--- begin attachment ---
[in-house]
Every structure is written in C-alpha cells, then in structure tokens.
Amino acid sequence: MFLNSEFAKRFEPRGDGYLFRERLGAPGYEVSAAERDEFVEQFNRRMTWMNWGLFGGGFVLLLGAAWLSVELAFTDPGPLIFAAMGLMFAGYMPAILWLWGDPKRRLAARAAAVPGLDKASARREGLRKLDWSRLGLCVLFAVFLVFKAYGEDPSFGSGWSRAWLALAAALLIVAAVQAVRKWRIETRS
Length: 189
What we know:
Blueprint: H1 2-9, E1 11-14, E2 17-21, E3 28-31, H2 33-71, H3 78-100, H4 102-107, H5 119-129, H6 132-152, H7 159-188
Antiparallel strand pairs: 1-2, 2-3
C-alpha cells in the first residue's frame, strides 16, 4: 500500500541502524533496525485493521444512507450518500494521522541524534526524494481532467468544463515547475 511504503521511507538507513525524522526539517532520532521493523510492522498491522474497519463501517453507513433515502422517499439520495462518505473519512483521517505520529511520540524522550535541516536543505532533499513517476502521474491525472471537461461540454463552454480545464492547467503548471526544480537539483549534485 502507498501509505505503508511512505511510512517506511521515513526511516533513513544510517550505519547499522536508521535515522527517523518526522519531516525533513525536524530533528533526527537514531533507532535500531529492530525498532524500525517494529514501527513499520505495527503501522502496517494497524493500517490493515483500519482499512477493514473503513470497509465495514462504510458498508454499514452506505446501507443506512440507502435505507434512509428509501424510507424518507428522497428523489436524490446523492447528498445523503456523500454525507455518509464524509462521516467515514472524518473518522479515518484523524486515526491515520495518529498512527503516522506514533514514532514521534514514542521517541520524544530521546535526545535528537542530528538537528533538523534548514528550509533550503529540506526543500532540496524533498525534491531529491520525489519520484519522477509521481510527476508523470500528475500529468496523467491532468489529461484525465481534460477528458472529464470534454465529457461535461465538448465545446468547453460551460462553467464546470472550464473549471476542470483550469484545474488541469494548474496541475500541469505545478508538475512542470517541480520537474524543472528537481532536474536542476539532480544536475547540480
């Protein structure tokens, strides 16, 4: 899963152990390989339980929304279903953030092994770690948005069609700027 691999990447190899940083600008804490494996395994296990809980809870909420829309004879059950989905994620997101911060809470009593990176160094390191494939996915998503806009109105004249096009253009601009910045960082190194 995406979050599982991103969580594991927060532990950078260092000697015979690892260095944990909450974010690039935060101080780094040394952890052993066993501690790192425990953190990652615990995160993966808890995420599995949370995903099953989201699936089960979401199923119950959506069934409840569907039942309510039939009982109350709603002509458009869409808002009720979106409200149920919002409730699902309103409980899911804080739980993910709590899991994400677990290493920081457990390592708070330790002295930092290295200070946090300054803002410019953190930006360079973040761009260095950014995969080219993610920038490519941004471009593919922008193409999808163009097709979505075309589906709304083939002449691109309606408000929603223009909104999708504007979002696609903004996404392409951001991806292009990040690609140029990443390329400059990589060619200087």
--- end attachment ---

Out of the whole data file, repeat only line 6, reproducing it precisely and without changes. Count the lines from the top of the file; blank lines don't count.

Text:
Blueprint: H1 2-9, E1 11-14, E2 17-21, E3 28-31, H2 33-71, H3 78-100, H4 102-107, H5 119-129, H6 132-152, H7 159-188